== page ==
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Sestieri

The districts of Venice are called sestieri (singular: sestiere) and there are six of them. It’s kind of goofy that some guidebooks and websites report that Venice has seven or more districts since the word sestiere means “sixths.” It would be like claiming that the USA has 54 states because you think that Texas and Alaska are too big!

Venice is so small that I think of the sestieri more as neighborhoods than districts. There are three on each side of the Grand Canal, and three of the six were named for churches.

Castello: named for a castle that used to be in this area
San Marco: named for the patron saint of Venice and his church
Cannaregio: named for the bamboo (canna) that used to grow in this area before it was developed
San Polo: named for the 9th century church dedicated to St. Paul
Santa Croce: named for an ancient church that was demolished in the 19th century
Dorsoduro: means “hard bone” – the land in this part of Venice was higher and more solid than others.

Each sestiere is divided into parishes, and each parish has a church. At one point, Venice was divided into 70 parishes (contrade) but after the fall of the Republic, the church organizational plan was revamped and today there are 30 parish churches. Getting to know the locations of churches (and learning to recognize their bell towers) is a great navigational tool – it won’t prevent you from getting lost but it will help you recover more quickly.

The island of San Giorgio Maggiore is part of sestiere San Marco while Guidecca is part of Dorsoduro. The cemetery island of San Michele is part of Cannaregio. Murano was also part of Cannaregio until 1271 when it was granted separate community status (which the other lagoon islands have too).

There's an article by Shannon on the Slow Travel site that describes each sestiere – it’s a great resource for people trying to decide where to stay. I don’t think there’s really any undesirable area in Venice, although I don’t think I’d like to stay too close to the train station nor would I want to stay in the San Marco/Rialto corridor in high season. Too hectic. So far I’ve stayed in four of the six sestieri – I haven’t stayed in Cannaregio or Dorsoduro yet. I don't have a favorite but I really love Santa Croce and campo San Giacomo dall' Orio.

This column is all that’s left of the demolished church of Santa Croce; it’s embedded in a wall close to the Papadopoli Gardens.

Santa Croce
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Comments (6)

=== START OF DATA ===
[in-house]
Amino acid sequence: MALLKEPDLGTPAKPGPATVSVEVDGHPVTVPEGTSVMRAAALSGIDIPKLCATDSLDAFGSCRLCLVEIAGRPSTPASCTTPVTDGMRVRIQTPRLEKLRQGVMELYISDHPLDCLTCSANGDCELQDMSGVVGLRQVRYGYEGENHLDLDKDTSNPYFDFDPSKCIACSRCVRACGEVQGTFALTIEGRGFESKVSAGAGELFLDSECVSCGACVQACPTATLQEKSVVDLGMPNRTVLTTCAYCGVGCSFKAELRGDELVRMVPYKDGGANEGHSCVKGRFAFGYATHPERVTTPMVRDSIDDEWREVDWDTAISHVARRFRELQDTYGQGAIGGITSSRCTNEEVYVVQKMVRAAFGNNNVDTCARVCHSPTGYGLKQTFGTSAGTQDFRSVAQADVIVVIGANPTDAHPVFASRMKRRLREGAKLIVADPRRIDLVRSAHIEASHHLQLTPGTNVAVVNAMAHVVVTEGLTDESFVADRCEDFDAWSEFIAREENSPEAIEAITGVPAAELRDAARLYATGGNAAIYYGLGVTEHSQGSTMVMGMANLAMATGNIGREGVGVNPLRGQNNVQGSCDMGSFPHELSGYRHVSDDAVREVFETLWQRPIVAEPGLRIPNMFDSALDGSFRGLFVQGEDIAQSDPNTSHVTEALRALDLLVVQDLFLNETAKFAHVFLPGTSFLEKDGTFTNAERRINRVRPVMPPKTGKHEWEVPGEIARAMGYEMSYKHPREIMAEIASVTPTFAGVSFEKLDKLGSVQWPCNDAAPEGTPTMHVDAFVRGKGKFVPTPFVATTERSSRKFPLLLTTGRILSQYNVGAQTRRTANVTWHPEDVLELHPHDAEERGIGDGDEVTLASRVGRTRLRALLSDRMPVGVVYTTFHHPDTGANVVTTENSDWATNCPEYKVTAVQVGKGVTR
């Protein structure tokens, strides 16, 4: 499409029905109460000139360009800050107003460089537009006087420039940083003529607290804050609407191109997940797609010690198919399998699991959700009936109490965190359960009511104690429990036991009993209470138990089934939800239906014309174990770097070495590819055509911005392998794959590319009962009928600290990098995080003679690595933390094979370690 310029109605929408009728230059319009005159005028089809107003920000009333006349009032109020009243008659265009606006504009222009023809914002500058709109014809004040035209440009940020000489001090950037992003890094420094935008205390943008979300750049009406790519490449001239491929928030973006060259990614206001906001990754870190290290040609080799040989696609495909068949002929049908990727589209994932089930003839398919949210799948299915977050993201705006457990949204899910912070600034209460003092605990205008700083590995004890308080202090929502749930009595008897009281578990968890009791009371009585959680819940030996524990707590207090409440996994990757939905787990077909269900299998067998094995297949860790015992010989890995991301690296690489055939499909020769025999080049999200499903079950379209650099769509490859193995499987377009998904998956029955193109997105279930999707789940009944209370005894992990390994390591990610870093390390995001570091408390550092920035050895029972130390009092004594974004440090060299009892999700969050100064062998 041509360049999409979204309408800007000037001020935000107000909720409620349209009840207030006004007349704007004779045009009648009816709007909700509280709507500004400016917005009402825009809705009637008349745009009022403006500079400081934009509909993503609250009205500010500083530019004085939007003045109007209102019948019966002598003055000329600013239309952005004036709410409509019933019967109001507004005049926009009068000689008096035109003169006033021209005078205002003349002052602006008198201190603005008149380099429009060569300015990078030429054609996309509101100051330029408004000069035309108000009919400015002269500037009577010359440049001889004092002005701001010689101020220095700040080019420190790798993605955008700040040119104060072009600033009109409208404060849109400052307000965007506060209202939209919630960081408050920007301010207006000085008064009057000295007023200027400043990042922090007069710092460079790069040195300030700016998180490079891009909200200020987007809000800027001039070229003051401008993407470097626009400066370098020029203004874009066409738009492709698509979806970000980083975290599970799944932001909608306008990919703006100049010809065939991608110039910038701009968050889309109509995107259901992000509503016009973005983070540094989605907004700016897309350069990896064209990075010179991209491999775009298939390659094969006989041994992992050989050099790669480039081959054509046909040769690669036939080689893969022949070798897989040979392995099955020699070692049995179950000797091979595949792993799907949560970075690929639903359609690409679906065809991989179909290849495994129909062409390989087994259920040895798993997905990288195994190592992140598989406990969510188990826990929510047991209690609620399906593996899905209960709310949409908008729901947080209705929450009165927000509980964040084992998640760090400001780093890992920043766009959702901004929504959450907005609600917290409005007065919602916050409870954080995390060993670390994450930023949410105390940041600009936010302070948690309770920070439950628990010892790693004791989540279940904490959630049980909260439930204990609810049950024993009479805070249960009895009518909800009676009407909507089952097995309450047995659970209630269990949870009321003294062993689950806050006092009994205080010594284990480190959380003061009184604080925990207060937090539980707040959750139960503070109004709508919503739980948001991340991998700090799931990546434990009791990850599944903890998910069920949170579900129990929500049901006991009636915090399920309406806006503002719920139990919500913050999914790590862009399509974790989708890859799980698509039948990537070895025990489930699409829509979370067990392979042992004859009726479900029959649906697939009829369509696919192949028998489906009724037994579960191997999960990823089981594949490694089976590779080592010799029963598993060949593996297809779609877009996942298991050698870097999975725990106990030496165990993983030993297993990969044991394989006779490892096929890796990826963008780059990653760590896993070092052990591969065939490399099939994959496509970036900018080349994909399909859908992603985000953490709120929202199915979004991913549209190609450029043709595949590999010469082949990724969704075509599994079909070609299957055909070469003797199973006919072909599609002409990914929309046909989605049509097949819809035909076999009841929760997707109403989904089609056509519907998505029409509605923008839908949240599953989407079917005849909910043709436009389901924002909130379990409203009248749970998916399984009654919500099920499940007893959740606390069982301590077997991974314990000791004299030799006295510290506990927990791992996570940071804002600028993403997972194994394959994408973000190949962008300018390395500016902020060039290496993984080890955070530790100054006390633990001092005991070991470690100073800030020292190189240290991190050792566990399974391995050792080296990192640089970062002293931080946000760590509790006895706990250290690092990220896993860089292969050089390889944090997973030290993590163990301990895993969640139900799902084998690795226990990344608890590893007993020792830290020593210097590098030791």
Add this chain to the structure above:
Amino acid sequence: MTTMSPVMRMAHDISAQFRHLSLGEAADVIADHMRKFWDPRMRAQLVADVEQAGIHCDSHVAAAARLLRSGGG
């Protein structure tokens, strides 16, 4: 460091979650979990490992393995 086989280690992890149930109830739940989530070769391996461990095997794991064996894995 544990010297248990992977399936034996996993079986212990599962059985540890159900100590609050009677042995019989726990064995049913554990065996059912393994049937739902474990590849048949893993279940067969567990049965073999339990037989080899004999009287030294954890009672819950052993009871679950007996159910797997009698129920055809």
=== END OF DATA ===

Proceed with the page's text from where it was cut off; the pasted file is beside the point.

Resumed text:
Great and informative post! I didn't know that Giudecca was part of Dorsoduro, for instance. I quite enjoyed staying in Dorsoduro.

Chiocciola, thanks! I want to stay in Dorsoduro sometime soon. That's where Kathy (Trekcapri) stayed for two weeks when she was there a couple of years ago and she had a great time. Even though Venice isn't that big, I usually end up hanging out in the campos that are closest to where I'm staying so I haven't really spent much time in places like Campo Santa Margherita in Dorsoduro.

Kathy (Trekcapri):

Hi Annie, I found this post really interesting and informative. That's a really cool apartment that you stayed in and I like the area too so I don't blame you for liking it so much. I also didn't know that the Giudecca was part of Dorsoduro. That's very interesting.

I would like to try and stay in a different part of Venice next time, but then I really enjoyed listening to the bells of the Maria della Salute church every day too.

That's interesting that I also tend to spend more time in the campos near my apartment. Maybe why I hung out in Santa Margherita a lot. I really miss it!

Thanks for this great post Annie!

Very interesting, Annie. I really liked Santa Croce area too when we visited. However, I don't really know Venice well enough to make any decisions about it yet, it was a quick three day visit, that I hope to extend next time get there.

So when are you launching your own guided tours of Venice? Then we can all stay in Dorsoduro!

Kathy, I think that after spending all day long roaming Venice, I want to rest my feet "close to home" at night, so that's why I end up hanging out in wine bars and restaurants close by. I miss it too!

Candi, I hope that you can stay longer next time. My first trip to Venice was only three days too, and my second one was two weeks!

Chiocciola, maybe that Fall 2010 ST GTG will happen? I think it would be so much fun. And I'll launch my "guided/lost" tour (I hope no one will expect not to get lost in Venice)!

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